A: First and foremost, we will stand up for communities across the country and fight for fair maps. It’s an ongoing legal battle, and it’s really important to see the Supreme Court uphold the Voting Rights Act and make sure that communities aren’t overlooked, as we saw in Alabama with the black community, with its vote so divided that it cannot have a strong voice.
That’s important in states like Alabama, Louisiana, Georgia and even Florida. Right now, the majority for Republicans is pretty thin, and if they’re fighting on maps that don’t represent our communities, they’re going to try to maintain that.
We’ve seen change there, but beyond that, we have incredible incumbents and incredible candidates running around the country. People want to see effective governance, and especially in the House of Commons today, [Republicans] are in a state of chaos and dysfunction and are led by the most extreme members of their caucus. And we have responsible leaders who want to govern, and that’s what the American people want to see, and that’s going to make a difference.
Q: Over the summer, Democrats led by the White House spent a lot of time touting Bidenomics and pointing to low unemployment. But polls still show voters tend to rate the president’s poor handling of the economy. Why so?
A: We had an incredible accomplishment in the last Congress and people are just starting to see the impact of those infrastructure investments, which means there will be breakthroughs in the community. copper. Now that money is flowing, projects are starting and people are feeling it. There is a short period of time between when bills pass and when people can see it.
Unfortunately, you see Republicans out there trying to take credit for projects, because they know they’re important to their communities. And we want to call out the hypocrisy of those trying to take credit for the very things they voted against.
But there is much more we need to do. The family is still struggling. I’m working on legislation to help build more affordable housing across the country. Those are the issues people want us to talk about.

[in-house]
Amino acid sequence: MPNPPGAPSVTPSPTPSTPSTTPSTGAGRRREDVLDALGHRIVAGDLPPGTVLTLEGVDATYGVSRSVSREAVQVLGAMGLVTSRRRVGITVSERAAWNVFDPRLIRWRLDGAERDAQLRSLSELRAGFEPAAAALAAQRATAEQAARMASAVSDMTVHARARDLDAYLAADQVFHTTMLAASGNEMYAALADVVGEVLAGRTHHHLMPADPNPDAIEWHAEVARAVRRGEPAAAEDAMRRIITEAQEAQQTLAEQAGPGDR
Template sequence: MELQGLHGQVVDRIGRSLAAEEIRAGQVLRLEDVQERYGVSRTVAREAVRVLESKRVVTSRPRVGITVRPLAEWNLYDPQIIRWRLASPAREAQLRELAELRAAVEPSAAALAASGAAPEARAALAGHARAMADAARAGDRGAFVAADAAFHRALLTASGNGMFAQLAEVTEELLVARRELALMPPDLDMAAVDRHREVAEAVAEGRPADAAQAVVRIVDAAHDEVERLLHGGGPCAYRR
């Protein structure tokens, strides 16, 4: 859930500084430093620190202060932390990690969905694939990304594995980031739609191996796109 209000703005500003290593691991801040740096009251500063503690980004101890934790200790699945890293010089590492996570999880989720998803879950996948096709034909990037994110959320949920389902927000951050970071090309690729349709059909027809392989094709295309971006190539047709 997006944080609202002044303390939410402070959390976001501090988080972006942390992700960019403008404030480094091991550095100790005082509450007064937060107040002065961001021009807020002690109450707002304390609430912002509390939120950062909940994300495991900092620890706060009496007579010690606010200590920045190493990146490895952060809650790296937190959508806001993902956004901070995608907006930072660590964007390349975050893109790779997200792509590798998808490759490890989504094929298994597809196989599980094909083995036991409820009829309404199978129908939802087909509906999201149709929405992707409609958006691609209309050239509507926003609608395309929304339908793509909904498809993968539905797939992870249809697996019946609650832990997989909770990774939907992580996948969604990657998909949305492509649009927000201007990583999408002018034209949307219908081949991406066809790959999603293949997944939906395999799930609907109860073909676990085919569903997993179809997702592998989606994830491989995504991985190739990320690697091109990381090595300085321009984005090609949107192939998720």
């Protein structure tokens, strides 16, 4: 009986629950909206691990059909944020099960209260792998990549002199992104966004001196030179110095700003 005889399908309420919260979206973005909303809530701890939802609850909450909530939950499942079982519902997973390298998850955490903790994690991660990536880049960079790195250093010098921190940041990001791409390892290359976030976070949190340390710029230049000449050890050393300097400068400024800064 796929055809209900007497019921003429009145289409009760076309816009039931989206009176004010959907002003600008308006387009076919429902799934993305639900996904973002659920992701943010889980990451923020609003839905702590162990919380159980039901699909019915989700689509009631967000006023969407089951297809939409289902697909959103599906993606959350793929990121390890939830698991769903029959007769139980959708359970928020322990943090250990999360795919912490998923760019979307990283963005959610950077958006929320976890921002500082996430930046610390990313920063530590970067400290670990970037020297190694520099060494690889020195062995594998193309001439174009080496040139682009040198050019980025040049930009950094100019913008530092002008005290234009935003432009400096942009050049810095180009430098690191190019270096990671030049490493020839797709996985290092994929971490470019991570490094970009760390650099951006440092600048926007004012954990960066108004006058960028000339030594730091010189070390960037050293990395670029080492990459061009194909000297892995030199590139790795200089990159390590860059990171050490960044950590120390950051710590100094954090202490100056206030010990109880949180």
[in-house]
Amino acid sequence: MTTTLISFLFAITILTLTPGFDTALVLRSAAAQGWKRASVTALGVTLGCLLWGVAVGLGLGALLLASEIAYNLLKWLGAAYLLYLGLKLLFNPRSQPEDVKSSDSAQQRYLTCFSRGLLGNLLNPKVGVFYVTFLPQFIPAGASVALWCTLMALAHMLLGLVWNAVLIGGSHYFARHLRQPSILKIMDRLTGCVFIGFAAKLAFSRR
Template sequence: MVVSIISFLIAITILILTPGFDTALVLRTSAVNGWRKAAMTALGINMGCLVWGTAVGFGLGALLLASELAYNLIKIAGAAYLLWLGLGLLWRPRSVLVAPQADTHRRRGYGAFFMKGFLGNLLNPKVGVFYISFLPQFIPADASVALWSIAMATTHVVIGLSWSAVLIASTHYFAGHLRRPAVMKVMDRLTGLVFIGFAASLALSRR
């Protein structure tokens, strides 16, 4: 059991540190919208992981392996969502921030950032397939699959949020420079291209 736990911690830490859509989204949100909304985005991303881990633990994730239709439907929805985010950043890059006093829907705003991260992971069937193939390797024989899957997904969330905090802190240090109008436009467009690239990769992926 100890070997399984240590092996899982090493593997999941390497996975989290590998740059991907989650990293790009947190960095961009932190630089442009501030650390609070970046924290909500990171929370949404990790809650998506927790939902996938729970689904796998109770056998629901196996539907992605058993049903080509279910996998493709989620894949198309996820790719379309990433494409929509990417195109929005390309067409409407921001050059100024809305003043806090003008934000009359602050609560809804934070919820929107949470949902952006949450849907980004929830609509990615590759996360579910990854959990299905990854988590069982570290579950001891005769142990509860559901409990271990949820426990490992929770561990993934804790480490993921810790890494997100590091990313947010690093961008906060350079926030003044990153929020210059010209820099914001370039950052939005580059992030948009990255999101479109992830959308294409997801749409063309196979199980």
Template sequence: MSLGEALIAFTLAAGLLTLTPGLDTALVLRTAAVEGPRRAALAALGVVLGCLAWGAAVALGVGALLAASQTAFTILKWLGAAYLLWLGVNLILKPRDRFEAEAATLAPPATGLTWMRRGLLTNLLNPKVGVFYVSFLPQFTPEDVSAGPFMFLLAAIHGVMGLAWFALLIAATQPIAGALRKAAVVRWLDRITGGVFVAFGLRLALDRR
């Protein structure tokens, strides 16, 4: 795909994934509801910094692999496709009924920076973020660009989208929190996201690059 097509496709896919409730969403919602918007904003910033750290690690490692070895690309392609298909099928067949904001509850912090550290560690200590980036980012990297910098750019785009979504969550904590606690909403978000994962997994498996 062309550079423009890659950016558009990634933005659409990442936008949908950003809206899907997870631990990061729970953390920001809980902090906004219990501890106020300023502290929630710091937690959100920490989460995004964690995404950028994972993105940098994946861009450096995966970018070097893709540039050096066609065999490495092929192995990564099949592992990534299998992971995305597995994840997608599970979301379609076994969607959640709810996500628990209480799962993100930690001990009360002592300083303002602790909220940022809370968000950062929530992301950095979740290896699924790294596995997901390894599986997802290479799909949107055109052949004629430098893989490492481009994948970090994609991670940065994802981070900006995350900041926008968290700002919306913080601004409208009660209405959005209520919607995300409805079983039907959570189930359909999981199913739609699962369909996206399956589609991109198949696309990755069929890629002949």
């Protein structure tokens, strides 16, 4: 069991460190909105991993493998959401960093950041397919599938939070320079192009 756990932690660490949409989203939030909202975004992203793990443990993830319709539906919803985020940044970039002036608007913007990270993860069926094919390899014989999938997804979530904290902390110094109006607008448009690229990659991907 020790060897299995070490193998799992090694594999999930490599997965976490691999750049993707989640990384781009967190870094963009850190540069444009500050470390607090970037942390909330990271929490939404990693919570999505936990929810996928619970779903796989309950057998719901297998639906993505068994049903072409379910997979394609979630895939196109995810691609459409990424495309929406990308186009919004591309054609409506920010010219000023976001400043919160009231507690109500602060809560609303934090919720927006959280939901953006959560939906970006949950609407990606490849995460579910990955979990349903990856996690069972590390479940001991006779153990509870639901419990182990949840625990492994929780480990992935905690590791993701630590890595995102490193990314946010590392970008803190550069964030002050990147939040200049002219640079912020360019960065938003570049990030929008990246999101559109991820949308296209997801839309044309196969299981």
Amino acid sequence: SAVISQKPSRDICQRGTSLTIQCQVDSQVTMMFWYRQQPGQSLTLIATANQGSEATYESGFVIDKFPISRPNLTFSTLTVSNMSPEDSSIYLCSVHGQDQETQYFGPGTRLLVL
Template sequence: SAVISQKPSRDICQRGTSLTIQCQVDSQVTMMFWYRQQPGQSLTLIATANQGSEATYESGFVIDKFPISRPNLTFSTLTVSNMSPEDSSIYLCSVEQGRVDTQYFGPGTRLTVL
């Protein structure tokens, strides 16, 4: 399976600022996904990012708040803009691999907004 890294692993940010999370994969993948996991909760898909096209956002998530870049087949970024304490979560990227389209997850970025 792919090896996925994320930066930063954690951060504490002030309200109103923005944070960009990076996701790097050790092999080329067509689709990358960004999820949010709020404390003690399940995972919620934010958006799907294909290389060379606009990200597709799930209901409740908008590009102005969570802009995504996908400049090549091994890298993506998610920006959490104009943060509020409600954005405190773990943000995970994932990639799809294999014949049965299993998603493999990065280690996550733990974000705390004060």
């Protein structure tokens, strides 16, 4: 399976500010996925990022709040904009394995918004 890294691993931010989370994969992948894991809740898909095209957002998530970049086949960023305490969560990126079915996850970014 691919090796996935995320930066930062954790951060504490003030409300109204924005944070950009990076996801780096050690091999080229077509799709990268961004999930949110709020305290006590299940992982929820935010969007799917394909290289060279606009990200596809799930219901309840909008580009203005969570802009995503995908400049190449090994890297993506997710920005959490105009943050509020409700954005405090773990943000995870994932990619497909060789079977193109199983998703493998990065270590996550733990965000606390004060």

That’s not just what happened in the last Congress. We need to continue to build on that and to do that we need to be able to manage. And now we have people who are not interested in governing.
Q: You’re framing it as chaos versus governance and achievement versus dysfunction. But if Democrats can plausibly point to a series of accomplishments and voters don’t seem to care, what does that mean for the way our political system works? Is this a communication problem?
Q: We always need to make sure that people are aware of the impact of the policies we put in place and will continue to highlight that in our community, as we have been doing. Obviously, the media can be challenging and some communities don’t really get a balanced view of what’s going on and that’s disappointing.
But it’s something we’re going to continue to work on and let’s make sure we’re talking locally. The national dialogue is different from the dialogue taking place right here at home. And like I said, we need to talk to people about the problems they’re still having. It’s not like a bill passes and it’s done. The work is ongoing and we will continue to focus on it so that we can move our country forward.
Last book you read? Little Poems for Little Ears by Lin Oliver. Dolly Parton recently visited Washington state to promote literacy [and her Imagination Library], and that’s why I found this book. I read it to my niece.
In politics, can the ends justify the means? They sent us here to rule. And for me, that’s the litmus test. Did we get the job done? There’s a lot to talk about, but what really matters is getting the votes to get everything on the president’s desk.
Your least popular opinion? Canned Thanksgiving cranberry sauce was the clear winner. And we take it out and serve it so that it still has the shape of a can. Moldings are very important.
One thing your friends know about you that your constituents don’t? I like baking. Working in DC is harder for me, but when I’m home and have time, I like to bake bread. I had a sourdough starter in the fridge that I kept using, and then I also made a delicious potato bread.
I heard you’re a big sports fan, especially the Seahawks. Is it time for Pete Carroll to go? We have been through difficult times before and surprised everyone by coming back stronger. So I’m still hoping for a stronger return, and so be there as a good number 12, shouting loudly for our team.
#govern #DCCC #President #Suzan #DelBene